You may have accepted these realities as normal – just part of being a guy.

But feminists say that’s not right.  That you shouldn’t be expected to live up to an unrealistic ideal.  That you shouldn’t be bullied or ignored for being different.  That you shouldn’t have to participate in sexist practices.  That you deserve much, much more.

Feminists think you should have the freedom to explore life beyond the rigid boundaries of traditional masculinity and choose for yourself what aligns with your own values.

So you can laugh, cry, dance, and love.  Embrace your friends.  Lovingly nurture your kids.  Make mistakes.

So you can be beautiful, be vulnerable, and be free.

So you can be yourself.

You can even agree with some of the things traditional masculinity teaches you.  As long as you think about it critically and choose it freely and it doesn’t hurt anyone else.

Women have been talking about their gender experiences for years.  Men need to talk about their experiences, too.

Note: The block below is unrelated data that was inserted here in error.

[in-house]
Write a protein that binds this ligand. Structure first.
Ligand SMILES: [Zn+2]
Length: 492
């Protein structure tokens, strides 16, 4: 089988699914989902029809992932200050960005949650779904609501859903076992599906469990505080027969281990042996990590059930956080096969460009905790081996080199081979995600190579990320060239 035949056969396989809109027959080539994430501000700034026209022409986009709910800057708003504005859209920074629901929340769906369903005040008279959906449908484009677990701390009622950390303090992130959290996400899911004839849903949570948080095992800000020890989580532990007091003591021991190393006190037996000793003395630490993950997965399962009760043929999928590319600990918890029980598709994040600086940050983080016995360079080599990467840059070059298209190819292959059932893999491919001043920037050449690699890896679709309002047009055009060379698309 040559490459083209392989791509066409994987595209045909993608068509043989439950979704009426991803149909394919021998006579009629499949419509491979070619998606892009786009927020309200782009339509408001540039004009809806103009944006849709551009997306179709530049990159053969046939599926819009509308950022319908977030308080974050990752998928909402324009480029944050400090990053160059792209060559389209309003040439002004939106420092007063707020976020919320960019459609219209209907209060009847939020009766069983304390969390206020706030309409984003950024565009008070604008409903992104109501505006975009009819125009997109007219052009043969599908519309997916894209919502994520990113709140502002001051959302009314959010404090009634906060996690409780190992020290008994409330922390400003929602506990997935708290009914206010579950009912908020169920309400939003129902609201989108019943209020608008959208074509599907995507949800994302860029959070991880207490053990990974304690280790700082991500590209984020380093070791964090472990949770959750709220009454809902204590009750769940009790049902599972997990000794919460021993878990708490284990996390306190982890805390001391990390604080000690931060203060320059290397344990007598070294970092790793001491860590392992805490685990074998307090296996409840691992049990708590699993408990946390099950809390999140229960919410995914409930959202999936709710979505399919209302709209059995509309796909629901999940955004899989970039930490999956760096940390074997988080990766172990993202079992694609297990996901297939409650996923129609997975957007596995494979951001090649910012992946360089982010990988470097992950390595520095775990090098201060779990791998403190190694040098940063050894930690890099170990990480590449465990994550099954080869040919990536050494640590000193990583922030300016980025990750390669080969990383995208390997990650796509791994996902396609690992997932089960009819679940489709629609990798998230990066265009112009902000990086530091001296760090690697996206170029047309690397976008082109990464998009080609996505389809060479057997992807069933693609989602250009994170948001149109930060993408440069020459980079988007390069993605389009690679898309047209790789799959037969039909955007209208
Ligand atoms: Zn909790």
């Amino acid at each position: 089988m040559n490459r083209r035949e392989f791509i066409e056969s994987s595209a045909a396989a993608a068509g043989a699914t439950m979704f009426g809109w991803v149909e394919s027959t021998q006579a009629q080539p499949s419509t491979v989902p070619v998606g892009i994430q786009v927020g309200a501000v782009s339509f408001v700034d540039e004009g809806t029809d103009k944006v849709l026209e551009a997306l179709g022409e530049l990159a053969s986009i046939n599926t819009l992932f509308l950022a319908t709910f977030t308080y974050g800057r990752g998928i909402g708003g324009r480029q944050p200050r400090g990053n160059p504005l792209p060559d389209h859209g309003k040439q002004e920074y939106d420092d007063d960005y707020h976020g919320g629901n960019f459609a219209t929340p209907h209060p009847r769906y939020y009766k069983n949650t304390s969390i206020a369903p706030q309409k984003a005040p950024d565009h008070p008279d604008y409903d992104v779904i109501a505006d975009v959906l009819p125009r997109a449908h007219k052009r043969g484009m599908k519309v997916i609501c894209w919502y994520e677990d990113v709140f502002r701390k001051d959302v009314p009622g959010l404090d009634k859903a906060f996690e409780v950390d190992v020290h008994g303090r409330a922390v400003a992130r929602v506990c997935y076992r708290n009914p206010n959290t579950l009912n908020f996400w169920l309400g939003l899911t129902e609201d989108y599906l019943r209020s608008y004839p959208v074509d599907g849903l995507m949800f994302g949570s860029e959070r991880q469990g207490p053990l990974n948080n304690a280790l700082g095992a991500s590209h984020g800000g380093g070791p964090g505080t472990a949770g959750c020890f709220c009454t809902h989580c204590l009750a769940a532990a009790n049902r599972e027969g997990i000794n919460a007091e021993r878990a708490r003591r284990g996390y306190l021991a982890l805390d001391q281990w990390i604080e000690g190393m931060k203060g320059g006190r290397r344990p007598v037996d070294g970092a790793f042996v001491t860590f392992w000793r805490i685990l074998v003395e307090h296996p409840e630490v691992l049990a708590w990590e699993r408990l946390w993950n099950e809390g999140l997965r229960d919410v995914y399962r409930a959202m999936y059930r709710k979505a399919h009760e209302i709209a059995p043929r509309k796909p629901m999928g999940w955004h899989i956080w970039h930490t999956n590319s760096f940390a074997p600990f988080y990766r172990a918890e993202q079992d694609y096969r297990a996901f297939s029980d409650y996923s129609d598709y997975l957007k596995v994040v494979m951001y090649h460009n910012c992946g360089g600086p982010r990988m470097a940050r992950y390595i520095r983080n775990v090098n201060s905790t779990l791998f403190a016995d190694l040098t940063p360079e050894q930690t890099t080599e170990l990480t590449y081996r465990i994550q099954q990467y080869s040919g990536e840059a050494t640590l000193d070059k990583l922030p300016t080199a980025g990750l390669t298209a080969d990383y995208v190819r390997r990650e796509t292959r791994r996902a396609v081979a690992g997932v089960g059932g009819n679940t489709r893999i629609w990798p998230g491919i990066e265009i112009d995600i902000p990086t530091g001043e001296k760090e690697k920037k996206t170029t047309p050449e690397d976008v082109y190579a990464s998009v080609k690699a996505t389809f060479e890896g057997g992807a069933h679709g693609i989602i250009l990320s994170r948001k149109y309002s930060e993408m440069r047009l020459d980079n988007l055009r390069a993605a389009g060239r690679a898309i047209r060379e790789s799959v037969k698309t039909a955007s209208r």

So, start the conversation.

How has your gender affected your life?  What do you want to change for men?

And hey – welcome to the movement.

Katy Kreitler is a Contributing Writer for Everyday Feminism as well as a counselor and youth advocate.  She can be found wandering the streets of San Francisco with a purse full of used fiction, a pair of emergency yoga pants, and half a burrito.  



2 thoughts on “Redefining the masculine norm”

  1. Hats off to them. He, she, him, her…all fall so easily off our tongues that it must take a concerted effort to present gender neutrality. It would be interesting to know their story and their decisions toward clear social deviance 😉


  2. One of the women I danced with this weekend refers to her partner (first off, as her “partner”) only with gender neutral pronouns (they, them, their). Left to my own devices, I would have assumed the partner was male, but I infer from the dancer’s language that the partner identifies as something else. I know this is a bit afield of your post, but it’s definitely one way of getting beyond gender norms!